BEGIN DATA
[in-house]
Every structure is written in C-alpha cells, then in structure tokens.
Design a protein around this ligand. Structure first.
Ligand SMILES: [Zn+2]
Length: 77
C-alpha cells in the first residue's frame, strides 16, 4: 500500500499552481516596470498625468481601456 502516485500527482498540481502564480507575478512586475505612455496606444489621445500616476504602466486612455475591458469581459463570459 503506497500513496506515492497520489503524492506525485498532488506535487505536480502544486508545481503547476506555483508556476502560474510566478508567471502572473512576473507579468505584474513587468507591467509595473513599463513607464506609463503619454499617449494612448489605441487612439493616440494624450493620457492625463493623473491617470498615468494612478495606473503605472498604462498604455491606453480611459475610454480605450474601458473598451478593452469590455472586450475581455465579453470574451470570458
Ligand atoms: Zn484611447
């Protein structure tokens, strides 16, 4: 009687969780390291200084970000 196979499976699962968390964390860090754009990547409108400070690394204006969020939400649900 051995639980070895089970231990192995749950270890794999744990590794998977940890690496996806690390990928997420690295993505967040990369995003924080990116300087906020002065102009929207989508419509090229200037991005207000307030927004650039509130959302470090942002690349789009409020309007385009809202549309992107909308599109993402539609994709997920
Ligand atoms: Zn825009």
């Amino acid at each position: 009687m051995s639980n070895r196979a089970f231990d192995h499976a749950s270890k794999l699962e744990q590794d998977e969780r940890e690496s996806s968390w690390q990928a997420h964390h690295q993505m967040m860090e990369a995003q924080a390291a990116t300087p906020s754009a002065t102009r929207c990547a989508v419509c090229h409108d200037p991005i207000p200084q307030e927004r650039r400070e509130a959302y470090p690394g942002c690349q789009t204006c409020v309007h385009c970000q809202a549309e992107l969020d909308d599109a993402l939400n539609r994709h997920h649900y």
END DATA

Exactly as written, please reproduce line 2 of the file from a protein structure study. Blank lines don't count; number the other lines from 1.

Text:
Every structure is written in C-alpha cells, then in structure tokens.